I'm sure that others may disagree and so if you're in doubt about which way to go, discuss it with the counterperson at one of your local bona fide paint stores - not a home center! Their respective latex priming products may work just fine.

Good luck in your new digs!
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Old 02-26-2008, 11:29 AM   #5
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In over my head... HELP!!!!


she should prim yes but' I was looking at the cost she wants to do this job for, under 350.00.
Primer is very forgiving waterbase especially is so forgiving it pretty much levels it self out. As a newbie in Painting I recommend water base primer, water base primer is the only paint you can put over a previously oil paint surface.

Oil paint is had to work with when it starts to set and I'm sure she will run into this problem,

you might also want to get some TSP since the trailer is already painted in a SG. It will prevent all the sanding.

As far a a primer Zinsser is a very good product. I as a painter of 25 years recommend this product, however I live in CA.


Quote:
Originally Posted by End Grain View Post
Welcome Sarah24! Congratulations on your new home!

No matter what colors you finally settle upon, you will need to carefully prime everything, primarily because you do not know what type of paint products, i.e. oil base or latex, were used prior to you buying the house and anything glossy such as an enamel would have to be de-glossed or sanded anyway. Too much busy work. Priming everything with a top-notch primer is therefore a good thing to do.

I would go with an oil base primer - low odor - simply because you do not know for sure what paints were used in the past. Although today's latex primers are terrific, there are a few finishes where they simply will not cover properly or give you a good solid base to apply whatever top coat you decide upon.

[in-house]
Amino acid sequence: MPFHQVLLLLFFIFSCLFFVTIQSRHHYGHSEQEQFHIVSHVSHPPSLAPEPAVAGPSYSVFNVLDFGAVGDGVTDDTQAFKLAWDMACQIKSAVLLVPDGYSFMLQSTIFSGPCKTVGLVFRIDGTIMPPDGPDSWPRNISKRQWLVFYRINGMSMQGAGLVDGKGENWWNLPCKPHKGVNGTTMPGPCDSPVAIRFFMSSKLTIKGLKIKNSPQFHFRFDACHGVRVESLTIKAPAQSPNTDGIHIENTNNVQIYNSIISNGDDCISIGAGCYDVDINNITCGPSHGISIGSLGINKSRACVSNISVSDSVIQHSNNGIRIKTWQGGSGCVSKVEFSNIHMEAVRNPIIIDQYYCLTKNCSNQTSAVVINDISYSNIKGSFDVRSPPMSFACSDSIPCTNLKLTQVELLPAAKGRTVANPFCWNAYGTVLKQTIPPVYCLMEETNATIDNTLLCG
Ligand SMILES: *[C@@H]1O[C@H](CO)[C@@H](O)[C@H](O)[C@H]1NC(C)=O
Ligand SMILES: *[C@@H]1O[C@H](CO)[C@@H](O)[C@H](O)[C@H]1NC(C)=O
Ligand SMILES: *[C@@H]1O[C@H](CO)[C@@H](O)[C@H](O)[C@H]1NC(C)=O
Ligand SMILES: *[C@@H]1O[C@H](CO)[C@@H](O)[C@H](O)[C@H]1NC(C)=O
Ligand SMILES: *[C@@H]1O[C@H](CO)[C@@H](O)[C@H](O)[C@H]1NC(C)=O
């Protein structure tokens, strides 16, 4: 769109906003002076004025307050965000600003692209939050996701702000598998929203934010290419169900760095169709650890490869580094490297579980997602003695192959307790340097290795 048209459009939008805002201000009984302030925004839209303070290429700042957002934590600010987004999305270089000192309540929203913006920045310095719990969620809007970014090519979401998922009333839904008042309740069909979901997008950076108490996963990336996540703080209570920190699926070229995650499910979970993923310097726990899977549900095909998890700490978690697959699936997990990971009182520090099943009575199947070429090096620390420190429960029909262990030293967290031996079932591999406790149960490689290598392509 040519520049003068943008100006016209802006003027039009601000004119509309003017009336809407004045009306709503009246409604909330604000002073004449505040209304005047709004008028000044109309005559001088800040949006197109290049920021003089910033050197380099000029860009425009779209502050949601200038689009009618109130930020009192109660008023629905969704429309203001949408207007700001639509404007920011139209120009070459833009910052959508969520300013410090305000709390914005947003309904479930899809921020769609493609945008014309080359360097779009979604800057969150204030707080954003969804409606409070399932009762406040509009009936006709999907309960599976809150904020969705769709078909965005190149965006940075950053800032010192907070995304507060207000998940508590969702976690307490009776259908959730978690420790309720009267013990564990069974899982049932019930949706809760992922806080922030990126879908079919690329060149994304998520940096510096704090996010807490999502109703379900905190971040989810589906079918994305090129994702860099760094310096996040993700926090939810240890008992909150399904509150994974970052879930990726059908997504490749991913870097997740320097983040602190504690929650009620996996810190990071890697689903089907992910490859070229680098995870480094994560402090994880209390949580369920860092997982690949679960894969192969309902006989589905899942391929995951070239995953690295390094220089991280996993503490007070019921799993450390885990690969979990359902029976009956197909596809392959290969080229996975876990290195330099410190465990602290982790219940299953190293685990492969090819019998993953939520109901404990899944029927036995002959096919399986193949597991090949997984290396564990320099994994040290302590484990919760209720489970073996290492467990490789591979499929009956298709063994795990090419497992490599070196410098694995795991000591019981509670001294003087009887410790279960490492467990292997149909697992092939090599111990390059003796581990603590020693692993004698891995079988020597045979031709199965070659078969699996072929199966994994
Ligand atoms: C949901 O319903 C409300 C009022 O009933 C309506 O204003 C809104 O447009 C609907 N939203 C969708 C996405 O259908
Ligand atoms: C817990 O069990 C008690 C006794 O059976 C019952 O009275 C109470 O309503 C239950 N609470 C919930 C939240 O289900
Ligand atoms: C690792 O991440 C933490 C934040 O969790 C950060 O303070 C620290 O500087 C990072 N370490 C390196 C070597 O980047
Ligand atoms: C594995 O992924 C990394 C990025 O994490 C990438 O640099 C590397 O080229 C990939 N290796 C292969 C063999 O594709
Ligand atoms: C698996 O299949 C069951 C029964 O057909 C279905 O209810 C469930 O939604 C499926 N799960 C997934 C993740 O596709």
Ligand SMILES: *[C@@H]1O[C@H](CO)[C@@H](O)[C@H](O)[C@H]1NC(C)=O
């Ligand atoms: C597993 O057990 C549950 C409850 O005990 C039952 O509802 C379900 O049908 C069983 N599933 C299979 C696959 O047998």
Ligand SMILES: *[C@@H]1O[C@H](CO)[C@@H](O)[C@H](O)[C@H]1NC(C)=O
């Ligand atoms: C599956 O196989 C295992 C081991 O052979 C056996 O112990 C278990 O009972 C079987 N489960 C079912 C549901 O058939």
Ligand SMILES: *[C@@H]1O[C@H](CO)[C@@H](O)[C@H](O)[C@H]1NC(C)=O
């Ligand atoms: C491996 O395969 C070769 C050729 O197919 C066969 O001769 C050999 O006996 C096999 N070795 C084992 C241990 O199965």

I'm sure that others may disagree and so if you're in doubt about which way to go, discuss it with the counterperson at one of your local bona fide paint stores - not a home center! Their respective latex priming products may work just fine.

Good luck in your new digs!
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Old 02-26-2008, 12:00 PM   #6
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In over my head... HELP!!!!


As I said, there would no doubt be disagreements with my recommendation and naturally, opinions are sure to vary.

Water based primers do occasionally fail to cover and level out over certain finishes, making topcoat adhesion questionable. It's conceivable that the glossy ceiling may have a slick plastic finish bonded onto it from the factory and that type of surface can be tricky to seal and cover over, especially if there's any grease or fume on it. Water base primers will sit on a hard plastic finish. Oil base however will actually etch into it.

Again, I'm sure once the professional painters check in later today, they'll have much more to say on the subject.
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Old 02-26-2008, 12:24 PM   #7
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Every thing you say is true...oil vs. water " no punt intended please "

but that is one of the reasons I recommended the trisodium phosphates it works like vinegar on new sheet metal and then a Zinsser Primer

I realy do like all the help and knowlage that is found on this site and how we are able to help others.

good day all.